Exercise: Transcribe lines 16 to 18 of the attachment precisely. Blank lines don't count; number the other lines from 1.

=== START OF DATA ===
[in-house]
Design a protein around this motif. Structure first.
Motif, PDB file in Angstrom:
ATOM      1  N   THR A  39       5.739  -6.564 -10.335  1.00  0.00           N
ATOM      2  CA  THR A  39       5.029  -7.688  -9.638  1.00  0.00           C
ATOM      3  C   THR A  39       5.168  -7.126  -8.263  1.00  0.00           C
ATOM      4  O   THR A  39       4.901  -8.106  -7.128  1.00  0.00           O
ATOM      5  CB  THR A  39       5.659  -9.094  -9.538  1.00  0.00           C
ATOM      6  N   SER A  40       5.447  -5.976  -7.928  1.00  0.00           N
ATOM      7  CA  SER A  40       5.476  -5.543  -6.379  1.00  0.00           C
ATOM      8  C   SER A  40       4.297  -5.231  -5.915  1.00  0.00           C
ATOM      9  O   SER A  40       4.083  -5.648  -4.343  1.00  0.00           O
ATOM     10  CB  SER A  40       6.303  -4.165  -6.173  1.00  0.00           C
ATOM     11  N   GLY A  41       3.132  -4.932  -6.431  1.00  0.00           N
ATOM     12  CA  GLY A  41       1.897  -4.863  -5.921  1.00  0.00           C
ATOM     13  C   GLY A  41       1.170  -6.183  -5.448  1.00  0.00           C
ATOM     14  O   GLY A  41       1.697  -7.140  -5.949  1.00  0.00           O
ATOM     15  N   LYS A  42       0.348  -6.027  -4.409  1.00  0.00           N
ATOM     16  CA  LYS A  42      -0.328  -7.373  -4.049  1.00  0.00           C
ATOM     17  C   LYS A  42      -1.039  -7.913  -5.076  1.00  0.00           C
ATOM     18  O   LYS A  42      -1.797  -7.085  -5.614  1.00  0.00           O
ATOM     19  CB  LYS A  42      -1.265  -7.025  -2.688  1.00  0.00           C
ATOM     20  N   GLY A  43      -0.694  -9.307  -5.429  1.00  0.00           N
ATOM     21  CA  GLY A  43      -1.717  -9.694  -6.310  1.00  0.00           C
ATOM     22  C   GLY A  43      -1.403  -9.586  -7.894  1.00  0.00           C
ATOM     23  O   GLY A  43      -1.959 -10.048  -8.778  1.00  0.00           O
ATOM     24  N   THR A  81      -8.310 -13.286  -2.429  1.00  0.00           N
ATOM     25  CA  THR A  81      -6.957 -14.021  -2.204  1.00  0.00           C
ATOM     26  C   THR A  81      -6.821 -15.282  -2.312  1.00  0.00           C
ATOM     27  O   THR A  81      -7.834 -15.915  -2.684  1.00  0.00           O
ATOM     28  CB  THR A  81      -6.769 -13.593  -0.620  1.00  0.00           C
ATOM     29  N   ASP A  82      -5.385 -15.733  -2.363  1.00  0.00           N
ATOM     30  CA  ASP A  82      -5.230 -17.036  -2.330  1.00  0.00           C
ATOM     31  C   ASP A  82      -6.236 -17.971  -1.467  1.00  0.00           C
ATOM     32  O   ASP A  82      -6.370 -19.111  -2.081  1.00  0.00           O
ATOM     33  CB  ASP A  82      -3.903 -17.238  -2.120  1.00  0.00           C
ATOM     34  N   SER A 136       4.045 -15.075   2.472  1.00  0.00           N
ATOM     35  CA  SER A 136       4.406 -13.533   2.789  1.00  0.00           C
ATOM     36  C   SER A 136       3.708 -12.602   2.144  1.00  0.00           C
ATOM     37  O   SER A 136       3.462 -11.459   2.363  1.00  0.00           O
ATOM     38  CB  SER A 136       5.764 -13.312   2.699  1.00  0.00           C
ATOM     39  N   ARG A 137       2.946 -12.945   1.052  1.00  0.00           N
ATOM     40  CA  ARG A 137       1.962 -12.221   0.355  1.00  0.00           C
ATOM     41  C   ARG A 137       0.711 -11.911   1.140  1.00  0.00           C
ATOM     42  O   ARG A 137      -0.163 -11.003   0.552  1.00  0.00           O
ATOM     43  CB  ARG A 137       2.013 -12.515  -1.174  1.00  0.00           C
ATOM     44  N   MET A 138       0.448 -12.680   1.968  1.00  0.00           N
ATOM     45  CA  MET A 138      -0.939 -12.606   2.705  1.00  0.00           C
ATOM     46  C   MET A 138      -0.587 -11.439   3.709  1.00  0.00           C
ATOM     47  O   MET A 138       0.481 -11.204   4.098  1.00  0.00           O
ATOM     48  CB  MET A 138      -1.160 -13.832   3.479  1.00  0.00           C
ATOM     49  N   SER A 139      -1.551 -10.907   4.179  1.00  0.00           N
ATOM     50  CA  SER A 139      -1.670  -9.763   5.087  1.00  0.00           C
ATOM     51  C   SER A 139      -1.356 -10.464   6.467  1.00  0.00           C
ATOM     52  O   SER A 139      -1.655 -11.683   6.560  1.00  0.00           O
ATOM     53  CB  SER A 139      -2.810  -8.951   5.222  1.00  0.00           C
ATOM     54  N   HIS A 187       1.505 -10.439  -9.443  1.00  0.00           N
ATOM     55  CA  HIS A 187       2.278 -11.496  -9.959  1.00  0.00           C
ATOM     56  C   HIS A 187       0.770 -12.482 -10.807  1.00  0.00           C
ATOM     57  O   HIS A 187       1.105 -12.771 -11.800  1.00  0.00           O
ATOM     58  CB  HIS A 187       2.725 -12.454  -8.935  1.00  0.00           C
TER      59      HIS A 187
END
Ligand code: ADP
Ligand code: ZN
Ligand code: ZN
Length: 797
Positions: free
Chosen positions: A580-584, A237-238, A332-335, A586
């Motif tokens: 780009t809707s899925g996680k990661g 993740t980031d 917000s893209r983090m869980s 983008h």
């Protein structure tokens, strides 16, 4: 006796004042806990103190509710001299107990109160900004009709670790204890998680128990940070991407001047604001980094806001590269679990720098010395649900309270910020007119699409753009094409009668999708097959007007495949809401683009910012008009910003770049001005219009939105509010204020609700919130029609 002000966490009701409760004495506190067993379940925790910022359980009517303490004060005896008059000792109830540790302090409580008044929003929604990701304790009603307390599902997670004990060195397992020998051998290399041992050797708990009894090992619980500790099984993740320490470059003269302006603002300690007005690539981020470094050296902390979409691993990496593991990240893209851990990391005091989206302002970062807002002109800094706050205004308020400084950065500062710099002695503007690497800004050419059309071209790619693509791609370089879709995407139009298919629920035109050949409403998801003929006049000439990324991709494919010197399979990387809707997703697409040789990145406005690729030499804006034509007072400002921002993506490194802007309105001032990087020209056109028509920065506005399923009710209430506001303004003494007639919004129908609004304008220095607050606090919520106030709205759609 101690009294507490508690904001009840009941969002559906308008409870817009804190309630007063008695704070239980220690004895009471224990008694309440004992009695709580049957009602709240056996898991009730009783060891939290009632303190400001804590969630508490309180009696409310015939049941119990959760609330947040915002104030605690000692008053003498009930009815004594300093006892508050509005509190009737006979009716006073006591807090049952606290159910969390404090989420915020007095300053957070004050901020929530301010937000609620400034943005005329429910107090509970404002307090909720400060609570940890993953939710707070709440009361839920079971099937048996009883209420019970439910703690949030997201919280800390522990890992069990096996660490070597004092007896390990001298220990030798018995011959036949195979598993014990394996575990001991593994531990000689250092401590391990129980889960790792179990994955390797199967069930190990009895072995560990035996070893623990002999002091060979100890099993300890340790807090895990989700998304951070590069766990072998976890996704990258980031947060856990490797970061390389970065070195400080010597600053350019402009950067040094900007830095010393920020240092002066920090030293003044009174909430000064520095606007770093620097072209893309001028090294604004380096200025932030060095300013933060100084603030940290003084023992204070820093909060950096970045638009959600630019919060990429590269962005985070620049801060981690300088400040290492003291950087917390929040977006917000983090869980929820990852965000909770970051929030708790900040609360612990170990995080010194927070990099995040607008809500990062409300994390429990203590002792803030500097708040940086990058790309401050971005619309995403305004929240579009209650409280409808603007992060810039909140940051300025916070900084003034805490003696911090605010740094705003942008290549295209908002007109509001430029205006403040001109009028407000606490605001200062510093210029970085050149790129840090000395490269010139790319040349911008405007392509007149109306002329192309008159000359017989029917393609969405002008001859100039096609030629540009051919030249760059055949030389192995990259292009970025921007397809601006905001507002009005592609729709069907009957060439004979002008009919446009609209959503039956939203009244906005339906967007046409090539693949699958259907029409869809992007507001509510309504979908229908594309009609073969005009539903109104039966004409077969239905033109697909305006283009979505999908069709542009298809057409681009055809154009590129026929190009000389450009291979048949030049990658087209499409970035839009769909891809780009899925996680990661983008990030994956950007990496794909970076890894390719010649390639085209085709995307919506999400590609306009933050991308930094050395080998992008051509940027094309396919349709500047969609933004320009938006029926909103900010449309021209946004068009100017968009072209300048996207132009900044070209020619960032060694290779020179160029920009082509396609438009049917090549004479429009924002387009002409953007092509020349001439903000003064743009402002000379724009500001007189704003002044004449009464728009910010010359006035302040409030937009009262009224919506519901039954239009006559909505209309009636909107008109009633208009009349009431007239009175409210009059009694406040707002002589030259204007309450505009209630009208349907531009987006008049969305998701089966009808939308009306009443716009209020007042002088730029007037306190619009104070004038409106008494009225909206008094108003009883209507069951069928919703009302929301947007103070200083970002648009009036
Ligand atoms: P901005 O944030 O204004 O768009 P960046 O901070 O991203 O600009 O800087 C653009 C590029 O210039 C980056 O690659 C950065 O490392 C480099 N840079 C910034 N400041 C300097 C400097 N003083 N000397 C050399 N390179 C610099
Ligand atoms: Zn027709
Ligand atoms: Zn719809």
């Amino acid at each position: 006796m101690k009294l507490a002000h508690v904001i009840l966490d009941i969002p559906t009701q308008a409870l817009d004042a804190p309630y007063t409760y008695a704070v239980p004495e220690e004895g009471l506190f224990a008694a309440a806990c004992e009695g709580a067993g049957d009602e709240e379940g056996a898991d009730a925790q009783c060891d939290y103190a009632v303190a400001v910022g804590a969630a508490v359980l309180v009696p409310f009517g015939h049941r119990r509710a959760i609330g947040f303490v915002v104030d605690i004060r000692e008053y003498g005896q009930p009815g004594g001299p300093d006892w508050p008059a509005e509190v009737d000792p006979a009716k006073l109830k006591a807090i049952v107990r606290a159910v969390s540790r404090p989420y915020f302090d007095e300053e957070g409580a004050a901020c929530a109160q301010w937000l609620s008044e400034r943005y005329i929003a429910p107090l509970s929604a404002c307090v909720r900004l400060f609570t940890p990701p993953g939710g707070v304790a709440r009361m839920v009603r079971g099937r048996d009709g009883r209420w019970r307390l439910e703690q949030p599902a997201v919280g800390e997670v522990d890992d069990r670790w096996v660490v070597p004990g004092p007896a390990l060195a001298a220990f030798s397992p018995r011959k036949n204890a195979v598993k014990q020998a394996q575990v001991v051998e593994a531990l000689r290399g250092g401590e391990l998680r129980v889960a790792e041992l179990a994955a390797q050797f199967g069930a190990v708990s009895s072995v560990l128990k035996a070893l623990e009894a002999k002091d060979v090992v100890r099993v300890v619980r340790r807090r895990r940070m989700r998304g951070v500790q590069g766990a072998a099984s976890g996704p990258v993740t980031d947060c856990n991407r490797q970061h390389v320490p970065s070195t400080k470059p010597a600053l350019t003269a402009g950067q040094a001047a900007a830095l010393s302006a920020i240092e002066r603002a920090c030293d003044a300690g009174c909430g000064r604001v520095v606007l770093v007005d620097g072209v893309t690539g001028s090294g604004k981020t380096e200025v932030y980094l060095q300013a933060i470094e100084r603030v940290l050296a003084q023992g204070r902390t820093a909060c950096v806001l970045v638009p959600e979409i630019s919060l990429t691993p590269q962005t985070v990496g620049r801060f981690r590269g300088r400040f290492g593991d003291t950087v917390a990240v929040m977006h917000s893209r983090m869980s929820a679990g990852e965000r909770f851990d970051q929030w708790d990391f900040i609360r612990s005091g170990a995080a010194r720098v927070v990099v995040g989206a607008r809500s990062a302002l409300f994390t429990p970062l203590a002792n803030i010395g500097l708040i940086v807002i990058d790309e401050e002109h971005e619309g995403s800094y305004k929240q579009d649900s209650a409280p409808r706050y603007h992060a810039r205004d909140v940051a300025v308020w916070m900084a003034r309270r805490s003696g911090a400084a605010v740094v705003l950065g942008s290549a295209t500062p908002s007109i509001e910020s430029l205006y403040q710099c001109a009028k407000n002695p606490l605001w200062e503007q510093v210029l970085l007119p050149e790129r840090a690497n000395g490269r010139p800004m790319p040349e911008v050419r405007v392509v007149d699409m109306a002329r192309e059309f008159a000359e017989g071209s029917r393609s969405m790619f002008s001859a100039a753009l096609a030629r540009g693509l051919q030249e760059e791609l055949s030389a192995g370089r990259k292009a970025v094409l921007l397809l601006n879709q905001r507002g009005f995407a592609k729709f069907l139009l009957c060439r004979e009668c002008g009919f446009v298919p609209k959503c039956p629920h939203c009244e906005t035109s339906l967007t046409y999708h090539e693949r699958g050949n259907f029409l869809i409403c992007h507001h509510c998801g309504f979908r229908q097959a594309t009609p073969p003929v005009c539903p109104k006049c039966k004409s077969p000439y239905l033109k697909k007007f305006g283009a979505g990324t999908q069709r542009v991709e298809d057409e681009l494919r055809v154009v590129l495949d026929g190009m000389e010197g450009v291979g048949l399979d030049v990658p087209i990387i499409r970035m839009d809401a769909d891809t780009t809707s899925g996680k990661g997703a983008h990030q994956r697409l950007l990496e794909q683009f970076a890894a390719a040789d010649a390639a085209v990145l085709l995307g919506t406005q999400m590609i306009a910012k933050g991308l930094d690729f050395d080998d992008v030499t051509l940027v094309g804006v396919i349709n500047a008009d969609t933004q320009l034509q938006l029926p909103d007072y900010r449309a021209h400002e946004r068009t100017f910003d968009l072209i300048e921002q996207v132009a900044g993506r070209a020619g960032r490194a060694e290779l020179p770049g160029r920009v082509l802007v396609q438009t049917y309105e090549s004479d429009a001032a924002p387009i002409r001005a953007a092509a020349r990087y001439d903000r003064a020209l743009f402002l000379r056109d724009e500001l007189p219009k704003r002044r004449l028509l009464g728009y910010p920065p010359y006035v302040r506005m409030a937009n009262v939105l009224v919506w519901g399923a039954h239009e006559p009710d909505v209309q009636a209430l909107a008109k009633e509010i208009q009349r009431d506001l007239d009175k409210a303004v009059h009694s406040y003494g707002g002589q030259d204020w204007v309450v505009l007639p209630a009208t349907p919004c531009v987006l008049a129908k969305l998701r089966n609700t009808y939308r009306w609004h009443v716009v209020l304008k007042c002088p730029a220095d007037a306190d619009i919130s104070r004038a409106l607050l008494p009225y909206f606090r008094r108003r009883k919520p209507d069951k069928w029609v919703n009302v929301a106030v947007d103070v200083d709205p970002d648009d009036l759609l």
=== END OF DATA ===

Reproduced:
ATOM     13  C   GLY A  41       1.170  -6.183  -5.448  1.00  0.00           C
ATOM     14  O   GLY A  41       1.697  -7.140  -5.949  1.00  0.00           O
ATOM     15  N   LYS A  42       0.348  -6.027  -4.409  1.00  0.00           N